export LANG=nl Dutch export LANG=nl_NL Dutch, The Netherlands export LANG=nl_BE Dutch, Belgium export LANG=es_ES Spanish, Spain export LANG=es_MX Spanish, Mexico export LANG=en_US.iso88591 English, USA, Latin-1 encoding export LANG=en_GB.UTF-8 English, UK, UTF-8 encoding
For a complete list of language and country codes see the gettext manual: <http://www.gnu.org/software/gettext/manual/gettext.html#Language-Codes>
On Unix systems you can use to command locale(1) to get locale specific information.
With the LANGUAGE environment variable you can specify a priority list of languages, separated by colons. Dos2unix gives preference to LANGUAGE over LANG. For instance, first Dutch and then German: "LANGUAGE=nl:de". You have to first enable localization, by setting LANG (or LC_ALL ) to a value other than "C", before you can use a language priority list through the LANGUAGE variable. See also the gettext manual: <http://www.gnu.org/software/gettext/manual/gettext.html#The-LANGUAGE-variable>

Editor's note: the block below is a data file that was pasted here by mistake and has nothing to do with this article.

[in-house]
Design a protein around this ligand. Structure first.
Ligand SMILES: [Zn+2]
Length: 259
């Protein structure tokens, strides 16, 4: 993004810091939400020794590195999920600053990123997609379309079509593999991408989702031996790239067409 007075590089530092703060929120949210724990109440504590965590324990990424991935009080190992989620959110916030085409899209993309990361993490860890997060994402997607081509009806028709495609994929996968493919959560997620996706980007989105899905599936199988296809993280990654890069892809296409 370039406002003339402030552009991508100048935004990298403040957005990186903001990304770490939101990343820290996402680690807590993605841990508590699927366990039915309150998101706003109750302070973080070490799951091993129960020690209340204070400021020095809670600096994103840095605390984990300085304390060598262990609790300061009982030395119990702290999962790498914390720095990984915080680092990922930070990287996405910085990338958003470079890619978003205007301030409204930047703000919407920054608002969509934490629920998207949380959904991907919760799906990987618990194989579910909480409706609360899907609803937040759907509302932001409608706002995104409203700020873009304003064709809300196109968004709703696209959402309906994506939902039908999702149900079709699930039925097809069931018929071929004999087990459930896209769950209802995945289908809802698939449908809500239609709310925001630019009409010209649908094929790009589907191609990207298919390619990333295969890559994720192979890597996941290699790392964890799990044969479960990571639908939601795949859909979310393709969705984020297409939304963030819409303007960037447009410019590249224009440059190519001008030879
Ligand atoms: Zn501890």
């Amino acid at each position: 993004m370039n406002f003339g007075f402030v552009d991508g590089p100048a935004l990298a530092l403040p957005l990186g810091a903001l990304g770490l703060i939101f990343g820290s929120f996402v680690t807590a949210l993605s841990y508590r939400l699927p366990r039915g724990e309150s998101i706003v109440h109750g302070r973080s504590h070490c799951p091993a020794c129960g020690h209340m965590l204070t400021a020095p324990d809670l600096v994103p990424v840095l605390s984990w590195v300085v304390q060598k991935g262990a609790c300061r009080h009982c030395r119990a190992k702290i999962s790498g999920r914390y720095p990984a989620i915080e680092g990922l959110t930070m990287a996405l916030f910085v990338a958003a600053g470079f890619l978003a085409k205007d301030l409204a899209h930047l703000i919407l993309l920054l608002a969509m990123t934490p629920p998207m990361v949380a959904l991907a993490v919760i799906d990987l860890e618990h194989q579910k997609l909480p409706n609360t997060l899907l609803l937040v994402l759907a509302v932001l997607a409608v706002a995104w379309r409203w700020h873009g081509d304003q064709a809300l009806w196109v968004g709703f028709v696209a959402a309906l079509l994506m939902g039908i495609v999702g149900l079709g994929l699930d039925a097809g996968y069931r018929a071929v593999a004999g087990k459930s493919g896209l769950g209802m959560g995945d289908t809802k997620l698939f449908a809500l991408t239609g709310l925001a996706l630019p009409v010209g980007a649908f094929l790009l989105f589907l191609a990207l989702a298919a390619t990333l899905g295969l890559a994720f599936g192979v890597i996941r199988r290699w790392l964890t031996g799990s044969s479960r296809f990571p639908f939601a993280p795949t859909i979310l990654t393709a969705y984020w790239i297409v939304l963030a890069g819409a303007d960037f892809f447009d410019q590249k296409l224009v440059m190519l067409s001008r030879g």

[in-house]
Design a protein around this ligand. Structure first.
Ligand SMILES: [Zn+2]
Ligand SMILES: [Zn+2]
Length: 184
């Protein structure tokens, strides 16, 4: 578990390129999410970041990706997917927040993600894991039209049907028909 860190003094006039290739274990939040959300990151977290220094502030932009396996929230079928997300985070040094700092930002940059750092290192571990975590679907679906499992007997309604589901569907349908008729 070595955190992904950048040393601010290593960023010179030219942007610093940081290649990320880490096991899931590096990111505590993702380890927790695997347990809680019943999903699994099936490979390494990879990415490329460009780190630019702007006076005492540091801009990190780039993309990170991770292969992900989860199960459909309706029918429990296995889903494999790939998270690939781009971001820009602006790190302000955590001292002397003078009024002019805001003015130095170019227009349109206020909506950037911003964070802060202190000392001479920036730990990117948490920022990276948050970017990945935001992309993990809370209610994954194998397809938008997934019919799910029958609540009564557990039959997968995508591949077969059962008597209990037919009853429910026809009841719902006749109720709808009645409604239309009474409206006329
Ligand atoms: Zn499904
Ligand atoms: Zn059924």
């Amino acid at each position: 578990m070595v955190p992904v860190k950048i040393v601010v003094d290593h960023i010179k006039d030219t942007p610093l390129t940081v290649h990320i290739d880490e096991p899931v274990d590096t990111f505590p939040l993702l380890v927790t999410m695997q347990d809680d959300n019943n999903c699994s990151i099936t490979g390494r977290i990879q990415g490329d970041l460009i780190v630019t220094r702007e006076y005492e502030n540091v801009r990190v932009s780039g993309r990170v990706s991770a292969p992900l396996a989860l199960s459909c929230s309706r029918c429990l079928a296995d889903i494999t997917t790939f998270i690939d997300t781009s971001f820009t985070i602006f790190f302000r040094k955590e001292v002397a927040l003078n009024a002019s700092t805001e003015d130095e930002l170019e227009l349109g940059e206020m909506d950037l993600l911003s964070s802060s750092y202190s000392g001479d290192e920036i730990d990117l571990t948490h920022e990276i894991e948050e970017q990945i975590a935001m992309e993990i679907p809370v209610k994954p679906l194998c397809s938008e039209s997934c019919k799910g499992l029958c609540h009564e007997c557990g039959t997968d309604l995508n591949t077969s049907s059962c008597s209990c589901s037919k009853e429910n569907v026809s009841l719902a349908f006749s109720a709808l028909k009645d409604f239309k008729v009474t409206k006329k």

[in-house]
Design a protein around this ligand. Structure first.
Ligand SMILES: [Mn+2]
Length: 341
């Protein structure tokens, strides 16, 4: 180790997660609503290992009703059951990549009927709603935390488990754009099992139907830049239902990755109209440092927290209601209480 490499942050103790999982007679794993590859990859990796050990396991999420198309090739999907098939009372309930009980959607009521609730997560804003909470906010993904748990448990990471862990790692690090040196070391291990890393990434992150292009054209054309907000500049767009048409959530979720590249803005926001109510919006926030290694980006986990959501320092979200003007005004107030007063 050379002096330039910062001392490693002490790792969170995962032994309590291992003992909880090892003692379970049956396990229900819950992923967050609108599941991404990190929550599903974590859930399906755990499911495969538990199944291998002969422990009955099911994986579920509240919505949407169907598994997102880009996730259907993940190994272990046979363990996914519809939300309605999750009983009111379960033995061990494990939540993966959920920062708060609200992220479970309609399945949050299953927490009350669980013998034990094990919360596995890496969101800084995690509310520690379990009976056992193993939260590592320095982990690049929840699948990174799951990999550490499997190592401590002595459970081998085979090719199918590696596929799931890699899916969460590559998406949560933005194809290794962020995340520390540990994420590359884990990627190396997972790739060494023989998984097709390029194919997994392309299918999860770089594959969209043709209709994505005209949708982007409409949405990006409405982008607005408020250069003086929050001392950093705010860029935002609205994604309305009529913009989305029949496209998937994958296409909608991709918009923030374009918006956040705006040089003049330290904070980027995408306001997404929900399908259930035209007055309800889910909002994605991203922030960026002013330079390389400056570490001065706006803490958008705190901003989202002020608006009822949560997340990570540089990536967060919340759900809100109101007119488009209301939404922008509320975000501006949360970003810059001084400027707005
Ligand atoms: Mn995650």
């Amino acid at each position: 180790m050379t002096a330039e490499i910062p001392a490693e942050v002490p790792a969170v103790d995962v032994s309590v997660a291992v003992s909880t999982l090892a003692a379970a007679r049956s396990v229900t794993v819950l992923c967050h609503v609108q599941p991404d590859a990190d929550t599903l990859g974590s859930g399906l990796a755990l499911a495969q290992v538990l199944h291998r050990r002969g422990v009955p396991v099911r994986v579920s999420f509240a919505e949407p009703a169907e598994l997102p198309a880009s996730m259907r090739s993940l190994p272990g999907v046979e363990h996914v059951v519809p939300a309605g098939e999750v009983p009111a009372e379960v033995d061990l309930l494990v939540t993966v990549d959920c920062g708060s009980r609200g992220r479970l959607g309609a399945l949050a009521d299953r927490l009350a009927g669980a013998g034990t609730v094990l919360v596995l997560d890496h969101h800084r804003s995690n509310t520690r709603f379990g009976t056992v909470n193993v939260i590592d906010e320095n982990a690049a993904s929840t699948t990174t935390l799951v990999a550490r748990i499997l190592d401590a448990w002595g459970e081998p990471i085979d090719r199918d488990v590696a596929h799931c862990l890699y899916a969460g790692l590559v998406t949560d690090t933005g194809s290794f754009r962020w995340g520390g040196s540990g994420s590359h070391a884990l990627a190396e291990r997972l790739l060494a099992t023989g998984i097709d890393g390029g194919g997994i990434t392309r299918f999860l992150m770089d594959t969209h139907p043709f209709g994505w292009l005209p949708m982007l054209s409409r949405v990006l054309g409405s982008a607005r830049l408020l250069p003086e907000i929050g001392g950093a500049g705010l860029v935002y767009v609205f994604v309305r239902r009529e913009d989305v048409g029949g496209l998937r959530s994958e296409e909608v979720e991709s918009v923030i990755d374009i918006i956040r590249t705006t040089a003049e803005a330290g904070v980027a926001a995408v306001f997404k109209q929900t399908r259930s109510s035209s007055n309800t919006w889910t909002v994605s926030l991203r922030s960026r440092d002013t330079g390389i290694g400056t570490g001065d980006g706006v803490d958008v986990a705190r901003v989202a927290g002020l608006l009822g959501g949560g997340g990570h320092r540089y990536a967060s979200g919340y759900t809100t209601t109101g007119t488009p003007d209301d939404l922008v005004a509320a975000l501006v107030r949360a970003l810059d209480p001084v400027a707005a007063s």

If you select a language which is not available you will get the standard English messages.
With the environment variable DOS2UNIX_LOCALEDIR the LOCALEDIR set during compilation can be overruled. LOCALEDIR is used to find the language files. The GNU default value is "/usr/local/share/locale". Option --version will display the LOCALEDIR that is used.
Example ( POSIX shell):
On success, zero is returned. When a system error occurs the last system error will be returned. For other errors 1 is returned.
The return value is always zero in quiet mode, except when wrong command-line options are used.
Benjamin Lin - <email@example.com> Bernd Johannes Wuebben (mac2unix mode) - <firstname.lastname@example.org>, Christian Wurll (add extra newline) - <email@example.com>, Erwin Waterlander - <firstname.lastname@example.org> (Maintainer)
Project page: <http://waterlan.home.xs4all.nl/dos2unix.html>
SourceForge page: <http://sourceforge.net/projects/dos2unix/>
file(1) find(1) iconv(1) locale(1) xargs(1)